A team of scientists announced its discovery of what may be human or at least an unknown primate species’ footprints on the Greek island of Crete. If proven to be of hominin origin, this latest find would challenge and might change the current human evolution and dispersal theories.
These latest set of footprints was discovered embedded in rock in an area of the Greek island of Crete known as Trachilos. According to scientists, they are also 5.7 million years old. It is commonly held that, at this time, our human ancestors were still living solely on the African continent.
Uppsala University in Sweden researchers led by Per Ahlberg are behind this latest discovery. The team reported its identification of over 50 fossil traces found in an area no more than 4 meters square.
The Human-Like Footprints, Likely to Cause Controversies and Debates
In their news release, the researchers noted that the prints must have belonged to a “claw-less” and “bipedal” animal. This also ‘walked on the soles of its feet”, and is believed to have presented other hominin-like characteristics as well.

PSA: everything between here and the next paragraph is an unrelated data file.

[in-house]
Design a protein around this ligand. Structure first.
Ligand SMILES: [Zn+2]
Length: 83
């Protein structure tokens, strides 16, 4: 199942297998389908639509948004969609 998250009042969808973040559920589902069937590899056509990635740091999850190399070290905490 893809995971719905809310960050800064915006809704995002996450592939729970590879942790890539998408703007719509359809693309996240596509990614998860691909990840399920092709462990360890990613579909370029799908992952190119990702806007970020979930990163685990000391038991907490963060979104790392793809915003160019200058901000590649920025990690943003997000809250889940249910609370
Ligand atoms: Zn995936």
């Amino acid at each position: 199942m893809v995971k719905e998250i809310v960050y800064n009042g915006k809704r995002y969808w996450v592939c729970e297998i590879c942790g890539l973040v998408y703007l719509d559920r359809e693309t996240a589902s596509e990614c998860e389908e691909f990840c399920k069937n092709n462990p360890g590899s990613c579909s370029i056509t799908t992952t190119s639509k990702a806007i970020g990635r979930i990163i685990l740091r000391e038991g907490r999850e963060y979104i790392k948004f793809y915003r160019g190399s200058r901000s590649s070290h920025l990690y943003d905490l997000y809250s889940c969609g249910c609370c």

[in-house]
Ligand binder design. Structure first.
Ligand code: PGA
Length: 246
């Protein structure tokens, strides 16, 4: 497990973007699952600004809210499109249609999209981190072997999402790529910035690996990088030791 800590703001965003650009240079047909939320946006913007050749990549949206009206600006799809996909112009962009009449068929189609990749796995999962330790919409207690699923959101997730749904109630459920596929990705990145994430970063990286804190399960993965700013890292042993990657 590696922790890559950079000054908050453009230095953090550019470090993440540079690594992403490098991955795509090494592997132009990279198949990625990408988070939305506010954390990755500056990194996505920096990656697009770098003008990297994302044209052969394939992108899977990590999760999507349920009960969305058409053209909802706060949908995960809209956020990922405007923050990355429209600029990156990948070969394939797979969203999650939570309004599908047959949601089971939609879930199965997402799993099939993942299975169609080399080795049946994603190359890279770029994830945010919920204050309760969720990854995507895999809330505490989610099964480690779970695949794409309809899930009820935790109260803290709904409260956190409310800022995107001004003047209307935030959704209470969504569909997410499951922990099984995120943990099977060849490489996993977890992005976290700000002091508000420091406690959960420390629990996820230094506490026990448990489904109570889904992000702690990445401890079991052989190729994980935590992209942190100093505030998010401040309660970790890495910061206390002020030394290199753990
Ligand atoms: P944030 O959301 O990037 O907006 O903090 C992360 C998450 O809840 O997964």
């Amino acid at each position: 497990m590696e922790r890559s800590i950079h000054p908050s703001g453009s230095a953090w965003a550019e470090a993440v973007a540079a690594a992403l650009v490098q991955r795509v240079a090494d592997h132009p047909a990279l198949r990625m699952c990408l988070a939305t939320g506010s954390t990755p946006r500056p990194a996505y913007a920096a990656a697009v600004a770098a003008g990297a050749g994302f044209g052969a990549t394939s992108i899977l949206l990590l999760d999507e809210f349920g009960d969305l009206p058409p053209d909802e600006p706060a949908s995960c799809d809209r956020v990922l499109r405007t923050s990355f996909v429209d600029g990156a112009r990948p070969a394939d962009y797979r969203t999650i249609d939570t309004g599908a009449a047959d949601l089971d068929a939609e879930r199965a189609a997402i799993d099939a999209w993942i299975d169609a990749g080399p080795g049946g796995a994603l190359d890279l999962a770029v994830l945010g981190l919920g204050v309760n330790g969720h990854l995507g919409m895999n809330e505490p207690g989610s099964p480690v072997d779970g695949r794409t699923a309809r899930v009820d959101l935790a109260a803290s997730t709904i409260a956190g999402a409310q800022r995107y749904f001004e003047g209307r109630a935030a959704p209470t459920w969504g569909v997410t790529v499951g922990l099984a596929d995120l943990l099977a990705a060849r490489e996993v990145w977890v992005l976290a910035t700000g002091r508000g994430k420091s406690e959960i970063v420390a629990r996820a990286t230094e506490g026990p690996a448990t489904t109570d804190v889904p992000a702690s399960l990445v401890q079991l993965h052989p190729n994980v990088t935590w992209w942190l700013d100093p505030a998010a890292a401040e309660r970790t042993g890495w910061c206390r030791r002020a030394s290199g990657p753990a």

The researchers noted that the foot that left the marks had five toes, with the innermost ones being more developed than the outer digit. Some of the tracks also had “a distinct ball”.
“Human feet have a very distinctive shape, different from all other land animals,” underlined the team. “The interpretation of these footprints is potentially controversial,” continued the scientists.
The researchers’ analysis suggests that a hominin-like creature left these footprints. But the authors state that they “must also entertain the possibility” that these marks were left by an as yet undiscovered primate.
One that could have evolved “human-like foot anatomy”.
Ahlberg pointed out that this discovery is controversial because of the prints’ location and age. They are both earlier than expected and in a wholly different place. One that was also not easily accessible at the time.
The researcher considers that this discovery challenges the “established narrative of early human evolution” in a very direct manner. He also believes that it will be generating a lot of debates and points out that it remains to be seen if it will be accepted as proof of the evidence of hominins in Crete during the Miocene.
A research paper with the results is available in the journal Proceedings of Geologists’ Association.
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